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March 10, 2008

Master Chorale deftly balances Bach's Mass

Los Angeles Times (CA):

With a performance of Bach's B-minor Mass, the ever-adventurous Grant Gershon and the Los Angeles Master Chorale strode bravely through the minefield of historically informed Baroque performance practice Sunday at Walt Disney Concert Hall.

Things used to be so simple. A conductor would pick up a copy of the score, assemble his or her forces and have a go. But at least since the '70s, the style police have been dictating terms. Is the choir too large? Too small? Is the phrasing clipped and short (hurrah) or long and songful (boo). Is the texture light (terrific) or heavy (so yesterday)?

Gershon selected from the menu of approved options and introduced a few ideas of his own. If the results were less monumental than light-textured and dance-like, they were also intimate, well-balanced and varied.

Gershon used a chorus of about 40 singers, a number Bach probably could only envy but perhaps half or maybe a third of what used to be the standard in the pre-correct performance days.

He dispersed the singers in an untypical way: sopranos flanking the tenors and basses with a sprinkling of altos at both sides and across the front of the men. This arrangement allowed him to keep the lines of the frequently divided sopranos clear and also to ensure a fine blend of choral sound.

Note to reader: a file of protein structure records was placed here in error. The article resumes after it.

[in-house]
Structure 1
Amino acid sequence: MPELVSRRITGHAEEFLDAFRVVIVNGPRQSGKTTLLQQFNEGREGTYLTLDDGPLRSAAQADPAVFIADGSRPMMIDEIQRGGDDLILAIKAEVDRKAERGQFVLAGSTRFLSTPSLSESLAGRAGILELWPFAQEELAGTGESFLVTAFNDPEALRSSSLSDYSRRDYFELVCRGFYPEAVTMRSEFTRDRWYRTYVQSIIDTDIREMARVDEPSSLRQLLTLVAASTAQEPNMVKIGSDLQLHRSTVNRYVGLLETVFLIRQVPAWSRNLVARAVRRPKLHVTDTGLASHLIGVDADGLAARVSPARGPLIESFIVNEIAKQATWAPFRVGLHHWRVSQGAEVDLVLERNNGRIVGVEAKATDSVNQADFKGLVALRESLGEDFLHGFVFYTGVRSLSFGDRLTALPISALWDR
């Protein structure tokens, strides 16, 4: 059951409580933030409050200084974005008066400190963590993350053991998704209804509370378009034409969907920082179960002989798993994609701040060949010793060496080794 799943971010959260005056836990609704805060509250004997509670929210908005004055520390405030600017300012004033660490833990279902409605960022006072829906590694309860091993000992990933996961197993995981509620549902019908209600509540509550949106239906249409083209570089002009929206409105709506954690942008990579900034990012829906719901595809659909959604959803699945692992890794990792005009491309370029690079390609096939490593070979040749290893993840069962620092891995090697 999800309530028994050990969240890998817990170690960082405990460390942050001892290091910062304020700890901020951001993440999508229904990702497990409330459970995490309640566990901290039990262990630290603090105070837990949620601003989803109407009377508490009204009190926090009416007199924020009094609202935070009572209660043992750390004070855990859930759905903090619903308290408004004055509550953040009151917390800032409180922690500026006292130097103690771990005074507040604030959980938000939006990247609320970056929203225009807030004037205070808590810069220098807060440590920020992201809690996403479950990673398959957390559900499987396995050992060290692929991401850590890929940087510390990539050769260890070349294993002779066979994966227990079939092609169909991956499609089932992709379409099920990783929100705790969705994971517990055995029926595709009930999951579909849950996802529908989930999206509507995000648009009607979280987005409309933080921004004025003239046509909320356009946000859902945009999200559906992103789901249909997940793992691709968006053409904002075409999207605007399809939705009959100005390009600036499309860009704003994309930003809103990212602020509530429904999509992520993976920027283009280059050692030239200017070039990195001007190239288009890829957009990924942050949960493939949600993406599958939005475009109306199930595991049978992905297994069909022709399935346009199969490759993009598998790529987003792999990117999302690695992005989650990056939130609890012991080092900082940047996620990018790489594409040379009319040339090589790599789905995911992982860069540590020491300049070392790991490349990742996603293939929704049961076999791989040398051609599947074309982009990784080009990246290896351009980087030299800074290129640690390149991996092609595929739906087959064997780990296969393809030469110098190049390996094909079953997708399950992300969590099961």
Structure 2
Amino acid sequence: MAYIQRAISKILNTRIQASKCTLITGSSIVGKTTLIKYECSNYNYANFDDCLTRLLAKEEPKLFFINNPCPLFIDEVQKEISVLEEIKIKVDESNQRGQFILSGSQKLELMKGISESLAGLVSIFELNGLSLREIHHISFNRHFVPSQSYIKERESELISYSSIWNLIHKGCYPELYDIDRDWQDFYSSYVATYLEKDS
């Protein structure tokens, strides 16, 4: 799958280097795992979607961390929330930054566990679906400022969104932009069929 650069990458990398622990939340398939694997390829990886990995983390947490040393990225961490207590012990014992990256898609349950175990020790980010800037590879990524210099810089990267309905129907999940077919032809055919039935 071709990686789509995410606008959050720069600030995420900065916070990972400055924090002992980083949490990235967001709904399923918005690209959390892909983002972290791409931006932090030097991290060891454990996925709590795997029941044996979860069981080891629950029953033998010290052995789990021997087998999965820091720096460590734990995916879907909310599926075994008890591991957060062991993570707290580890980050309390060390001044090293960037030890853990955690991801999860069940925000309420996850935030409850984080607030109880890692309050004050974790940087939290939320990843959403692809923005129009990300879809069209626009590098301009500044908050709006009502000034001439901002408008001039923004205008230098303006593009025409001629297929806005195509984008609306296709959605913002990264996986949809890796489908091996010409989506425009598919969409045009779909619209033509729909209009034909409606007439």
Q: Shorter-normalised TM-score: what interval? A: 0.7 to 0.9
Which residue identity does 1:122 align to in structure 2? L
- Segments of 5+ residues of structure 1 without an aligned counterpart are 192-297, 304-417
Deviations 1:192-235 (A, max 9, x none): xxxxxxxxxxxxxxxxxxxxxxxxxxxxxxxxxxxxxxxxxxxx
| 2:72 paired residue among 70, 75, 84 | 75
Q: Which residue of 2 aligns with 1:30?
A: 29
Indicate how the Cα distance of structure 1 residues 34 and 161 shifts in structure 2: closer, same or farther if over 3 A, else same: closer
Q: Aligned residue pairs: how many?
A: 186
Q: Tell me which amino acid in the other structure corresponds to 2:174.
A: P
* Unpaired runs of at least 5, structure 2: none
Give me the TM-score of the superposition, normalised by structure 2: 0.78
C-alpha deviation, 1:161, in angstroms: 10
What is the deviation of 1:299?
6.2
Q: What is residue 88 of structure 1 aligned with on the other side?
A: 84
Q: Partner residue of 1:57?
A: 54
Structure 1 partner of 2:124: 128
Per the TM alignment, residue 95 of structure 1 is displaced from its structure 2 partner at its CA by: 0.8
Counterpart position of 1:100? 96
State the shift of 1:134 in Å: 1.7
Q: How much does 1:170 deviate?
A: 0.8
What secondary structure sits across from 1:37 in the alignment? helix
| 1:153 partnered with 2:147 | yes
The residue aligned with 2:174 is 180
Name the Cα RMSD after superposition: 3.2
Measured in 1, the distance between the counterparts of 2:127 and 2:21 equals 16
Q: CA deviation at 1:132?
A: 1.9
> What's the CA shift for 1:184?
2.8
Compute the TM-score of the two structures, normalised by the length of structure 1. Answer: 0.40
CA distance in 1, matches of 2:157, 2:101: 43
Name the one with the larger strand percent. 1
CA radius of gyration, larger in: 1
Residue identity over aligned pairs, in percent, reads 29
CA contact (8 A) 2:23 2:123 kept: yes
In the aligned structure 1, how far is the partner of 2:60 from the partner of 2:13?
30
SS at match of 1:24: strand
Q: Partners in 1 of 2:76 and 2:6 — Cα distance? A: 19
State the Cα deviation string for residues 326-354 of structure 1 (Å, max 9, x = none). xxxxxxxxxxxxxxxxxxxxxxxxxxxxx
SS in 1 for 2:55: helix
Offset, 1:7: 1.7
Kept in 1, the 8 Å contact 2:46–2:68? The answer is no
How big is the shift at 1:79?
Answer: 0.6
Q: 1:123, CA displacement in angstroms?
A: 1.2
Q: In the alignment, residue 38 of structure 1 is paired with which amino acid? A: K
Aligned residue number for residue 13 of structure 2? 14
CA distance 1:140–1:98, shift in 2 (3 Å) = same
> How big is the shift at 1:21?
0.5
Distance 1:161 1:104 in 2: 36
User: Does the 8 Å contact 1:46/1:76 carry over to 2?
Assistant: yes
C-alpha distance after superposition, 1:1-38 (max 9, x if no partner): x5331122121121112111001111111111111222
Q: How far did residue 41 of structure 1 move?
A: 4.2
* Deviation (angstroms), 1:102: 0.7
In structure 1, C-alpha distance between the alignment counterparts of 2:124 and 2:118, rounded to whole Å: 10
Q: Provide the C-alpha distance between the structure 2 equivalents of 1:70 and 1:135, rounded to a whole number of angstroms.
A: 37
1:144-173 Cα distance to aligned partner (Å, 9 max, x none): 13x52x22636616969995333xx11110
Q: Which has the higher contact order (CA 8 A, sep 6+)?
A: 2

The conductor favored short phrasings, such as dividing the opening word, "Kyrie," into three distinct, almost hiccuping syllables. What kept the approach from becoming unsettling and monotonous was his adroit use of dynamics and buttery attacks, as well as his counterpoising such phrases with longer-flowing lines.

While the orchestra played with minimal vibrato, the quartet of vocal soloists seemed to be using the technique in varying degrees as an expressive device. Mezzo-soprano Paula Rasmussen, for instance, would start on a straight tone, then employ so much vibrato that one wondered if she were embellishing the line with a trill. But soprano Mary Wilson often matched her in this regard in their duets.

In the imposing "Quoniam," baritone Jesse Blumberg seemed more like the obbligato instrument to James Thatcher's horn than the other way around. But Blumberg sounded more powerful in his later solo. James Taylor was a honey-toned tenor. The most impressive sections were the heavenly "Sanctus," the "Gratias" and the latter's reprise as the final "Dona Nobis Pacem."

At least one listener would have appreciated more power and majesty, but with clarity of line, texture and text, this version provided compensatory rewards.

Posted by acapnews at March 10, 2008 9:37 PM

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